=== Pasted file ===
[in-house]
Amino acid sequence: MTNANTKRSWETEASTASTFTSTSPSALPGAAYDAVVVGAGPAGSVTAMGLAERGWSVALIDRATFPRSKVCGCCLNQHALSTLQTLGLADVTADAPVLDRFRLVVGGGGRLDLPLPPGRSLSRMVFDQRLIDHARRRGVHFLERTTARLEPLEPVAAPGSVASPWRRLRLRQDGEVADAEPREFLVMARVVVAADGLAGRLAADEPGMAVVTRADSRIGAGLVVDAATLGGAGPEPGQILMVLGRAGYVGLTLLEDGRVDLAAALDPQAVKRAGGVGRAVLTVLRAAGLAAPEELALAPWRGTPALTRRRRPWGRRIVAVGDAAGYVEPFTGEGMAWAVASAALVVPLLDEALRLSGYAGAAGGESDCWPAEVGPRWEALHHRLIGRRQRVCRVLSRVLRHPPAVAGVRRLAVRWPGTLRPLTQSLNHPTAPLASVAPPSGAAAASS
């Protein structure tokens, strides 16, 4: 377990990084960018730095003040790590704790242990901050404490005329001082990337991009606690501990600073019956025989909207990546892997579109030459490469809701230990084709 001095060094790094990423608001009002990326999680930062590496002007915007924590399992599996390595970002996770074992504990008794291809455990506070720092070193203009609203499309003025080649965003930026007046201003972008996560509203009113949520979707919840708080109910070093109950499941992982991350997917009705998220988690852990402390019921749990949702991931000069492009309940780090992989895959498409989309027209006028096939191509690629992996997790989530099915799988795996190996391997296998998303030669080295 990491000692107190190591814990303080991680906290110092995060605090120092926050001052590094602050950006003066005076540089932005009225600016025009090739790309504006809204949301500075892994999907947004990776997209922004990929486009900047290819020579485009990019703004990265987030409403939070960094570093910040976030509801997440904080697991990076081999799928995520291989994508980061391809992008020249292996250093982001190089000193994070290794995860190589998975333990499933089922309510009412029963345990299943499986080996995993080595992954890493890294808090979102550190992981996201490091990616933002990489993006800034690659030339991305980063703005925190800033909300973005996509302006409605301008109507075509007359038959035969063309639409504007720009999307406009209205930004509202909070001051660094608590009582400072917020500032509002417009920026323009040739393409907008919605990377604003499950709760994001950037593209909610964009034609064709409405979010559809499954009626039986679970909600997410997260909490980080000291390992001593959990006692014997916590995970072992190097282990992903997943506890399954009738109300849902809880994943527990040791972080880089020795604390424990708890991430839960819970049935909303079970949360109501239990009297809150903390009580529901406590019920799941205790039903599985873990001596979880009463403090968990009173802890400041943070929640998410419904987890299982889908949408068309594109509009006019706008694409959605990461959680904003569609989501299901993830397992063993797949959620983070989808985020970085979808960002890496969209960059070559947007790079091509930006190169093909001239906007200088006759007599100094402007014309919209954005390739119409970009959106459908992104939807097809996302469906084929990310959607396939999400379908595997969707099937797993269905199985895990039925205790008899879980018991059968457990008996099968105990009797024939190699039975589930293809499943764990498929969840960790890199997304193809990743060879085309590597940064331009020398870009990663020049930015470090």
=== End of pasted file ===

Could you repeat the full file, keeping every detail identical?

[in-house]
Amino acid sequence: MTNANTKRSWETEASTASTFTSTSPSALPGAAYDAVVVGAGPAGSVTAMGLAERGWSVALIDRATFPRSKVCGCCLNQHALSTLQTLGLADVTADAPVLDRFRLVVGGGGRLDLPLPPGRSLSRMVFDQRLIDHARRRGVHFLERTTARLEPLEPVAAPGSVASPWRRLRLRQDGEVADAEPREFLVMARVVVAADGLAGRLAADEPGMAVVTRADSRIGAGLVVDAATLGGAGPEPGQILMVLGRAGYVGLTLLEDGRVDLAAALDPQAVKRAGGVGRAVLTVLRAAGLAAPEELALAPWRGTPALTRRRRPWGRRIVAVGDAAGYVEPFTGEGMAWAVASAALVVPLLDEALRLSGYAGAAGGESDCWPAEVGPRWEALHHRLIGRRQRVCRVLSRVLRHPPAVAGVRRLAVRWPGTLRPLTQSLNHPTAPLASVAPPSGAAAASS
């Protein structure tokens, strides 16, 4: 377990990084960018730095003040790590704790242990901050404490005329001082990337991009606690501990600073019956025989909207990546892997579109030459490469809701230990084709 001095060094790094990423608001009002990326999680930062590496002007915007924590399992599996390595970002996770074992504990008794291809455990506070720092070193203009609203499309003025080649965003930026007046201003972008996560509203009113949520979707919840708080109910070093109950499941992982991350997917009705998220988690852990402390019921749990949702991931000069492009309940780090992989895959498409989309027209006028096939191509690629992996997790989530099915799988795996190996391997296998998303030669080295 990491000692107190190591814990303080991680906290110092995060605090120092926050001052590094602050950006003066005076540089932005009225600016025009090739790309504006809204949301500075892994999907947004990776997209922004990929486009900047290819020579485009990019703004990265987030409403939070960094570093910040976030509801997440904080697991990076081999799928995520291989994508980061391809992008020249292996250093982001190089000193994070290794995860190589998975333990499933089922309510009412029963345990299943499986080996995993080595992954890493890294808090979102550190992981996201490091990616933002990489993006800034690659030339991305980063703005925190800033909300973005996509302006409605301008109507075509007359038959035969063309639409504007720009999307406009209205930004509202909070001051660094608590009582400072917020500032509002417009920026323009040739393409907008919605990377604003499950709760994001950037593209909610964009034609064709409405979010559809499954009626039986679970909600997410997260909490980080000291390992001593959990006692014997916590995970072992190097282990992903997943506890399954009738109300849902809880994943527990040791972080880089020795604390424990708890991430839960819970049935909303079970949360109501239990009297809150903390009580529901406590019920799941205790039903599985873990001596979880009463403090968990009173802890400041943070929640998410419904987890299982889908949408068309594109509009006019706008694409959605990461959680904003569609989501299901993830397992063993797949959620983070989808985020970085979808960002890496969209960059070559947007790079091509930006190169093909001239906007200088006759007599100094402007014309919209954005390739119409970009959106459908992104939807097809996302469906084929990310959607396939999400379908595997969707099937797993269905199985895990039925205790008899879980018991059968457990008996099968105990009797024939190699039975589930293809499943764990498929969840960790890199997304193809990743060879085309590597940064331009020398870009990663020049930015470090």